For the example:

  1. Client localscript invokes RemoteFunction:InvokeServer()
  2. Client signals server to execute the remote function
  3. Server performs the work (making Test part and parenting it into workspace)
  4. Server queues up the part for replication
  5. Server completes the work and queues a signal for success (the return Part; in the RemoteFunction)
  6. Client gets Test part replicated then gets the signal for success.

Since the replication of these information happens in order, I believe that you can reliably reference the Part returned by RemoveFunction:InvokeServer(). If you observe a different behavior, please let me know!


#14

Hi @EmeraldSlash and @wravager,

Your observations are absolutely correct! After these changes go live, this will advance the timing for localPlayer:WaitForChild("PlayerGui"); this should return immediately after the guarantees go live.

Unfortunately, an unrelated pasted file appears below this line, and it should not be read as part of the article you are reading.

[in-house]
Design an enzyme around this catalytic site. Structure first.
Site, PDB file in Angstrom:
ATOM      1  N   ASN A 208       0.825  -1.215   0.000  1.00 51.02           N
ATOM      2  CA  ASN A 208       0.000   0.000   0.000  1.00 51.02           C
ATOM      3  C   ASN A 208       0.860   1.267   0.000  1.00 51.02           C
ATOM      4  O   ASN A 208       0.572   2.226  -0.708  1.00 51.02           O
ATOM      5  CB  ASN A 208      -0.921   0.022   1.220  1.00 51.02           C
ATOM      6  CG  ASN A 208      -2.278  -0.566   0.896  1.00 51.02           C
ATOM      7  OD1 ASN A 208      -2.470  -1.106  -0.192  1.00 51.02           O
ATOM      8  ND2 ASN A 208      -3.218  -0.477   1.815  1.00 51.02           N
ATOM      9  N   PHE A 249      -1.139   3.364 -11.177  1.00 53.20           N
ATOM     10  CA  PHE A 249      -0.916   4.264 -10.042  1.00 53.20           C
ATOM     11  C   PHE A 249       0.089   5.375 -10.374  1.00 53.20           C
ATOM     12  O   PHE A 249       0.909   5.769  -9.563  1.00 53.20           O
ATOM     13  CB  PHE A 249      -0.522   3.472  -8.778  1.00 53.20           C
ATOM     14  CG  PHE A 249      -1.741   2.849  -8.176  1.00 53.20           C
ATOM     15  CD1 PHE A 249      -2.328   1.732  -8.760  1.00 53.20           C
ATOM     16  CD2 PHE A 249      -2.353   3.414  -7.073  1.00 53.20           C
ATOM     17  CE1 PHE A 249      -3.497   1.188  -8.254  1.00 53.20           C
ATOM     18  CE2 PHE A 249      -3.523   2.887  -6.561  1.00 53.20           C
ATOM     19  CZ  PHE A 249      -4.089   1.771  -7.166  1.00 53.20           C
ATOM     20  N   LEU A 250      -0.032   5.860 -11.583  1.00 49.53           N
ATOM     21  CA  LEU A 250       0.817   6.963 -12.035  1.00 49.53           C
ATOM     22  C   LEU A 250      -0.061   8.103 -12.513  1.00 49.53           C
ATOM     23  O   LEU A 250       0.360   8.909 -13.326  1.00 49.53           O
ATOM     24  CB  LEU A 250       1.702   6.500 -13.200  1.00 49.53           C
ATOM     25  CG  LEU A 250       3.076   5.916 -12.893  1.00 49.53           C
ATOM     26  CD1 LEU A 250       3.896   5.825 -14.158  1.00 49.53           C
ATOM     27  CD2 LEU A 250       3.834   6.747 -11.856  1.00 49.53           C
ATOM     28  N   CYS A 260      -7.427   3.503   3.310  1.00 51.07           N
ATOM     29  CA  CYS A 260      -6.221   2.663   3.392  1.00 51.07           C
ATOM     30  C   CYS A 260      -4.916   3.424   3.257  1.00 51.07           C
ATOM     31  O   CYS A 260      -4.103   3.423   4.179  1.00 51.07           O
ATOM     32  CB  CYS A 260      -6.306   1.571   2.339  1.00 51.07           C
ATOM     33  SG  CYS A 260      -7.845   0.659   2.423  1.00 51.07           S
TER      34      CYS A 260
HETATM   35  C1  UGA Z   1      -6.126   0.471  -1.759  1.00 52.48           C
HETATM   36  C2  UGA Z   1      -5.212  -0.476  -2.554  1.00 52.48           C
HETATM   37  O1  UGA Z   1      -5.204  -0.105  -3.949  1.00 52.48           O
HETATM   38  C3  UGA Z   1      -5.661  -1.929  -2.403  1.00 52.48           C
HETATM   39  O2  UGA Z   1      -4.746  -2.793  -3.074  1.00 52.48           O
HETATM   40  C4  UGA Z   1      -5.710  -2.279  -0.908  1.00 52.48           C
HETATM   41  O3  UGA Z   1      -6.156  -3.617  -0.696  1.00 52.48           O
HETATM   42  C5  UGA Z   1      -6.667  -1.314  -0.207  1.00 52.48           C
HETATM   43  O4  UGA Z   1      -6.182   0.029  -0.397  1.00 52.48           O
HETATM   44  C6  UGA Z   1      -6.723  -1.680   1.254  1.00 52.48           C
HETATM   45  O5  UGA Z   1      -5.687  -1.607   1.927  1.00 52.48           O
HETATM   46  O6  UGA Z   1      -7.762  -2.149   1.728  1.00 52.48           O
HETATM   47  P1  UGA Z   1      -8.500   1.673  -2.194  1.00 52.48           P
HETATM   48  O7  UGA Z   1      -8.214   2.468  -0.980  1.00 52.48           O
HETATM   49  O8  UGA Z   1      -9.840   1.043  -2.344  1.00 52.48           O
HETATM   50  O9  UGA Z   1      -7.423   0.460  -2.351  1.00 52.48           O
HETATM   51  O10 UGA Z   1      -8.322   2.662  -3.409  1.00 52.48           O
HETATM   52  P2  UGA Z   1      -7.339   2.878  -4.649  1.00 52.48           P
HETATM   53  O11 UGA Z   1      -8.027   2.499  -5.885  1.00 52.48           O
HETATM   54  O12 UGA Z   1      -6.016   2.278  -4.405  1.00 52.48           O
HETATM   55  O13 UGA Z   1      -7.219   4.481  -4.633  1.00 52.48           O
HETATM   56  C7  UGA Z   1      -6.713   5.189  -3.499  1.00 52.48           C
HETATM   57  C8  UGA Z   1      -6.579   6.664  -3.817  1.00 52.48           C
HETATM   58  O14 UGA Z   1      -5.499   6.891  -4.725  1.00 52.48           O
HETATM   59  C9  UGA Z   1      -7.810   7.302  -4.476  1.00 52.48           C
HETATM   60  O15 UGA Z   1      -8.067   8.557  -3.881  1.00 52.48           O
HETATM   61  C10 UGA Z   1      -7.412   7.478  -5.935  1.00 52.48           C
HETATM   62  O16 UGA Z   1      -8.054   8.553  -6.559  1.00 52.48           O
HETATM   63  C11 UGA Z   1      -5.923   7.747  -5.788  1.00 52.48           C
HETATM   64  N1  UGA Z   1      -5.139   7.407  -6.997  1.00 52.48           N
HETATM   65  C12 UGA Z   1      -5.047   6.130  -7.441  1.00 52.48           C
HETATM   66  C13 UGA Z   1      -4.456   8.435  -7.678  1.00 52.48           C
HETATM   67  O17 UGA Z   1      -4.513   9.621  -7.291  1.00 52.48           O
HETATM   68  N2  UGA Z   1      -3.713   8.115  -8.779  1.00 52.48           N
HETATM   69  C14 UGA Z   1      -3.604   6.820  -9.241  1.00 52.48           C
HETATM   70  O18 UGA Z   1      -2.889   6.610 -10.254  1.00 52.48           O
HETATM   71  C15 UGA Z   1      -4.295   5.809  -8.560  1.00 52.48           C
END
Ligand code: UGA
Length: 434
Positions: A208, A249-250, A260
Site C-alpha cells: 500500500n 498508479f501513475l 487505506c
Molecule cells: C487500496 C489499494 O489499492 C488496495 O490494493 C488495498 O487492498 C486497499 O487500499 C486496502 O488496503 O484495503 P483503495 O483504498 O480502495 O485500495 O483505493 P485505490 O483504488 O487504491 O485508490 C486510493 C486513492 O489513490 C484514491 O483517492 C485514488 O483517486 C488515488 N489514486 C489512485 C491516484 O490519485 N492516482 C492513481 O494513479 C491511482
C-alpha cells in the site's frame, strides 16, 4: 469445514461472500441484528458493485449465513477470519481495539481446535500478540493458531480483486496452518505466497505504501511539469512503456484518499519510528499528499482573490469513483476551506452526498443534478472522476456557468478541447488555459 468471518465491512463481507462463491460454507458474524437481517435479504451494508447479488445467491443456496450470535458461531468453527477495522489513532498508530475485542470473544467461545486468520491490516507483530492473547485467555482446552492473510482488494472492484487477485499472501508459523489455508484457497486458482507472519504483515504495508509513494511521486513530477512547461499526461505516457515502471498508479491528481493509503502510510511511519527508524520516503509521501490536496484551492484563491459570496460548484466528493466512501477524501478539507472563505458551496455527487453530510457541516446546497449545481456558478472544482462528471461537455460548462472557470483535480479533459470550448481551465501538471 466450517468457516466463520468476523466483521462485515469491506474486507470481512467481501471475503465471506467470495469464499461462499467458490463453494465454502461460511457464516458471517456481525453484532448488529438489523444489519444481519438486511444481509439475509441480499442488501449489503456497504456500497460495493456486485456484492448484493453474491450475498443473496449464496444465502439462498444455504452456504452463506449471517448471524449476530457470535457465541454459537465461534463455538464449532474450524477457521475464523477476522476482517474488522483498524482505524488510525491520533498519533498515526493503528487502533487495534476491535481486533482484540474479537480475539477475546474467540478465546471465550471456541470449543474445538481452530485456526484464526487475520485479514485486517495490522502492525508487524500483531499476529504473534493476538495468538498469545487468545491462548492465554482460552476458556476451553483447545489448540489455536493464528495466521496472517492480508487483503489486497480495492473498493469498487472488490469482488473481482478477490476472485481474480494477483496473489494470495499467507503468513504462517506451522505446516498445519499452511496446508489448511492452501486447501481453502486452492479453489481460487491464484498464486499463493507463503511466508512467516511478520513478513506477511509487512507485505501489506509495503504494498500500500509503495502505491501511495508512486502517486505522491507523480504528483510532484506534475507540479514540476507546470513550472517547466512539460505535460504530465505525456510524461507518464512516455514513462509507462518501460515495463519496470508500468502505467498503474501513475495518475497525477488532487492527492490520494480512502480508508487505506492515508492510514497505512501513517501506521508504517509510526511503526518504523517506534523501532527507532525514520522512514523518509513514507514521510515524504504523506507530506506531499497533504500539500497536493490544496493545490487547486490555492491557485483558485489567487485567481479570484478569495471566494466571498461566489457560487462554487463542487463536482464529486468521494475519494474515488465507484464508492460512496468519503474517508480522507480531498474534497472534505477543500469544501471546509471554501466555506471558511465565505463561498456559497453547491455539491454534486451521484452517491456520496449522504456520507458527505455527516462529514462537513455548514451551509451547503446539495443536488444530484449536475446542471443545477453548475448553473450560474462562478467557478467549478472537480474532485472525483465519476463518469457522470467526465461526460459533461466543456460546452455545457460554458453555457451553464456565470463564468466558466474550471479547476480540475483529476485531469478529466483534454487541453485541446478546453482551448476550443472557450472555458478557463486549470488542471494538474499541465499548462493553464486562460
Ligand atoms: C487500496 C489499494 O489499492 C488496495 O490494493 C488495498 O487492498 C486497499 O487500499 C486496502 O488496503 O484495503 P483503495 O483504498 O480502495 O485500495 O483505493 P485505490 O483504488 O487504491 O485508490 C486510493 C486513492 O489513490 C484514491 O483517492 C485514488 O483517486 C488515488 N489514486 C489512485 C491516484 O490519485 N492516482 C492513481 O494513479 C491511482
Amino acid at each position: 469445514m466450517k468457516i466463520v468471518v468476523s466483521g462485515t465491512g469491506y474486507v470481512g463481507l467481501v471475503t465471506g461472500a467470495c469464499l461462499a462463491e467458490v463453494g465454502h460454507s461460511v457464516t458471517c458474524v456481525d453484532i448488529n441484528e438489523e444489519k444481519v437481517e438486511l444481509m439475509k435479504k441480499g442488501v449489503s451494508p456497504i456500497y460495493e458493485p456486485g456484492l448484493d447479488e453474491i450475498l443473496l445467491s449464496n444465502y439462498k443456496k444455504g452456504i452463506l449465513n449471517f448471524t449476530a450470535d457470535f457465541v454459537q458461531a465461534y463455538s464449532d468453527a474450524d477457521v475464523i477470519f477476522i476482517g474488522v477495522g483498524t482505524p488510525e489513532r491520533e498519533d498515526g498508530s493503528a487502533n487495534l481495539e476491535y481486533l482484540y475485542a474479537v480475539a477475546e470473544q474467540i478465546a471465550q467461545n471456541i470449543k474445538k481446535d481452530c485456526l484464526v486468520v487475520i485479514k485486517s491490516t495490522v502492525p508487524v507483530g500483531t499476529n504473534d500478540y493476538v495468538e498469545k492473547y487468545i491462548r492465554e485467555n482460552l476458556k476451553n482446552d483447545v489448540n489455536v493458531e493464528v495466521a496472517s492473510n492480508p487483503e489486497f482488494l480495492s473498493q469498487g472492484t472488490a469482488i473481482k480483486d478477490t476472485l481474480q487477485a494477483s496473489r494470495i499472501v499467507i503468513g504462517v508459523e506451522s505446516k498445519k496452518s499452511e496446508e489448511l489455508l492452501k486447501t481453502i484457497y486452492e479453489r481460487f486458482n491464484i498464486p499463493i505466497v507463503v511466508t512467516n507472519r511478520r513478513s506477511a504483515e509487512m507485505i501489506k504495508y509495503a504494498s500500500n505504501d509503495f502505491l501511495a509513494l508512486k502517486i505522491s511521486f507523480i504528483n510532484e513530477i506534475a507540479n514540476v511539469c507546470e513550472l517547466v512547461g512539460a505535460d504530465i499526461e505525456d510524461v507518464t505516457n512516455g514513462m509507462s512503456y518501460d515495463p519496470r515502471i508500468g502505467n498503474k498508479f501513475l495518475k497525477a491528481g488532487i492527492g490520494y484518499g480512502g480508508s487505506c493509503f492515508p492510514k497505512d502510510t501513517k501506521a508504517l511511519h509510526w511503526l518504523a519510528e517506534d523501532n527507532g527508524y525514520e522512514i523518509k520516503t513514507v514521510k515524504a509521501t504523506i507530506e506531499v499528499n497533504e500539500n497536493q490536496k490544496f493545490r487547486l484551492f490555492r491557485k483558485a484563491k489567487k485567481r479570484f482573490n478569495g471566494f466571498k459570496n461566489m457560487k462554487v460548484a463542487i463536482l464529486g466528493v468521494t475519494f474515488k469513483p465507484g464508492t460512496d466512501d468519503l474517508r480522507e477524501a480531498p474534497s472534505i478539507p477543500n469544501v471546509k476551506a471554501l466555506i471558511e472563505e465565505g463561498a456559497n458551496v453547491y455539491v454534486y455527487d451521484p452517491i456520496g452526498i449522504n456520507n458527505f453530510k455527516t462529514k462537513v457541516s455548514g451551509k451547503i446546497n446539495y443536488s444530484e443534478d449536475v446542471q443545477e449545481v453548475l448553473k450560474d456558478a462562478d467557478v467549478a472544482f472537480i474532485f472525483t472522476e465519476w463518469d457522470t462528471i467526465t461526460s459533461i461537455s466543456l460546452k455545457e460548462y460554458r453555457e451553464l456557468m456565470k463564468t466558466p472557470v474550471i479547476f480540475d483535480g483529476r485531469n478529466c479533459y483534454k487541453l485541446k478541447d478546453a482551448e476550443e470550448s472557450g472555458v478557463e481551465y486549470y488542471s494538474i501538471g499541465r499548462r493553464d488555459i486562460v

#15

In my game, the server gives the player the client code, can we expect this to work the same from the server as well when parenting to PlayerGui on player entered?


#16

Hi @wravager

the server gives the player the client code

Do you mean server clones a script and parents it to a player, say in the server script: (SourceScript below is a local script and something similar the following is in a server script)

game:GetService("Players").PlayerAdded:connect(function(player)
    local clonedScript = game.ServerStorage.SourceScript
    local targetPlayer = Game.Player:FindFirstChild("KnightTakami")
    clonedScript.Parent = targetPlayer:WaitForChild("PlayerGui")
end)

In the above case, on client-side, you can expect the guarantees above as described in the section Other localscripts - Player's Backpack, Character Model, PlayerGui, and PlayerScripts.

Let me know if I had answered your question or if I had mistaken your question :smiley:


#17

Ok thanks that answered it!


#18

Finally! I’ve always hated having that one :WaitForChild() at the start of my scripts.


#19

Thank you for sharing! :grinning: